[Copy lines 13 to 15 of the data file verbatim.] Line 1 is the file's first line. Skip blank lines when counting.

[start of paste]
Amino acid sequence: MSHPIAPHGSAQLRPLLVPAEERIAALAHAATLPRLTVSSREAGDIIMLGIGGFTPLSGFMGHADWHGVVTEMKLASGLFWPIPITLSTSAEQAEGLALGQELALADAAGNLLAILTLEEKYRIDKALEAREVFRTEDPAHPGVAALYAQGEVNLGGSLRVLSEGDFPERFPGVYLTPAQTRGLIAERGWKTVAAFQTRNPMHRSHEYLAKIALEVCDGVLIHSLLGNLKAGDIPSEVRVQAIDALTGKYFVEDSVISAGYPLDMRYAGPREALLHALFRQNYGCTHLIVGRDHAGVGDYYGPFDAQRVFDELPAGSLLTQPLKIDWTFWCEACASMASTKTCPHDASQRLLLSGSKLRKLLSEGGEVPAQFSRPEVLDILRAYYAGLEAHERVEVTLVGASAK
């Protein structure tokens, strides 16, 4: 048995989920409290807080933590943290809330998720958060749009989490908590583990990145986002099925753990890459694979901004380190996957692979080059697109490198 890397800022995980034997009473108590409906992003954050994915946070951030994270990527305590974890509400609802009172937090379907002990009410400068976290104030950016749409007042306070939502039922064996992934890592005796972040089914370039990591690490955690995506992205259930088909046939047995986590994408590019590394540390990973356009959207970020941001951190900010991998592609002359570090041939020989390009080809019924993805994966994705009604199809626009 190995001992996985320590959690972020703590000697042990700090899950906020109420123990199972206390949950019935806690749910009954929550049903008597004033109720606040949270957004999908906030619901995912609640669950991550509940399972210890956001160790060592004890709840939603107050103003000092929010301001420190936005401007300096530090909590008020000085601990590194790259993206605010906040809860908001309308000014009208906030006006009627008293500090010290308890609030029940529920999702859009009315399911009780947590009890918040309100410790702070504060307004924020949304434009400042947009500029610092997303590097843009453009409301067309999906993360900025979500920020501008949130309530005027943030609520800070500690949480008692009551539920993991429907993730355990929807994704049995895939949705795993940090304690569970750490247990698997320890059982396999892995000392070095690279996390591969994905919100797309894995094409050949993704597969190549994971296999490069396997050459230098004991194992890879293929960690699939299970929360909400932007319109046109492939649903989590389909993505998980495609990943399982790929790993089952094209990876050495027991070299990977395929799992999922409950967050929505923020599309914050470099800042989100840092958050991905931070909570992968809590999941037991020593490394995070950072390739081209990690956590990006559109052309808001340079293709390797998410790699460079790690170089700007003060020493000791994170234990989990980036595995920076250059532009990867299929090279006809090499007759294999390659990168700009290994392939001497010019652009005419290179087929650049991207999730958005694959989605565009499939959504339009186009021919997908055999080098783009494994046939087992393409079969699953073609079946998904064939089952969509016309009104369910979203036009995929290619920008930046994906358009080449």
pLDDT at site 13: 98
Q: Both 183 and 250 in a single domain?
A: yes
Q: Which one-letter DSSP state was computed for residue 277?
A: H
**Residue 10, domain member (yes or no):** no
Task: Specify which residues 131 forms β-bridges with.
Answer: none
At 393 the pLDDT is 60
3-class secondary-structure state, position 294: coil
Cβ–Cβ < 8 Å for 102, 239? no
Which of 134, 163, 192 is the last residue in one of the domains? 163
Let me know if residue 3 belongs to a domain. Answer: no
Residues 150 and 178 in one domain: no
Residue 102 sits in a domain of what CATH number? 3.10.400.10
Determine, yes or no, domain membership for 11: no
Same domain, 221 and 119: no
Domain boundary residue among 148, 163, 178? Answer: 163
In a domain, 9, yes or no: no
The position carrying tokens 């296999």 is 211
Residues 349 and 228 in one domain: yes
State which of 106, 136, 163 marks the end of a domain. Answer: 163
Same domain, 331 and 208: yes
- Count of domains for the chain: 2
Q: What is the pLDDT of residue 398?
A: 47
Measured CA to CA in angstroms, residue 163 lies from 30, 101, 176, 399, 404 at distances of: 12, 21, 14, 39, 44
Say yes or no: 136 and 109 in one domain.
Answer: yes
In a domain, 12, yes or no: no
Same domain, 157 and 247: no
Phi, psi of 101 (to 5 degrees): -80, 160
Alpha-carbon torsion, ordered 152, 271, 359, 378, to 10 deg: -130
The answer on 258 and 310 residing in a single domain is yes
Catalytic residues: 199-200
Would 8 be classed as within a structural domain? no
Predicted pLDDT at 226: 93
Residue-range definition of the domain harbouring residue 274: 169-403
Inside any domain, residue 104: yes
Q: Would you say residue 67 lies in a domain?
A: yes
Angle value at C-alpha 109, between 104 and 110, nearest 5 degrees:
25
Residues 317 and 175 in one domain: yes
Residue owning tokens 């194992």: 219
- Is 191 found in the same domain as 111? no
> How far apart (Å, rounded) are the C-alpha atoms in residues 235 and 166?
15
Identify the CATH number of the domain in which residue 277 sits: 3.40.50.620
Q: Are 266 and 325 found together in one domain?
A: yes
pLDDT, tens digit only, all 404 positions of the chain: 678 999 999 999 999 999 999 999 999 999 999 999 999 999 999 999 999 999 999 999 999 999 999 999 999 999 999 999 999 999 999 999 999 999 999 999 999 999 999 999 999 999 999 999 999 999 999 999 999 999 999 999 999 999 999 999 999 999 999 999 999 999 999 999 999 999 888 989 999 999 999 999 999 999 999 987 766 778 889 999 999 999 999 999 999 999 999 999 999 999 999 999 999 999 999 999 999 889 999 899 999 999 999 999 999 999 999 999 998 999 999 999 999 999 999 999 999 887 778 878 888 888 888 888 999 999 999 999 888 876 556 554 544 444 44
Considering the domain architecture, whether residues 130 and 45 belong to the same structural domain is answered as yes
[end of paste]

Cβ–Cβ < 8 Å for 102, 239? no
Which of 134, 163, 192 is the last residue in one of the domains? 163
Let me know if residue 3 belongs to a domain. Answer: no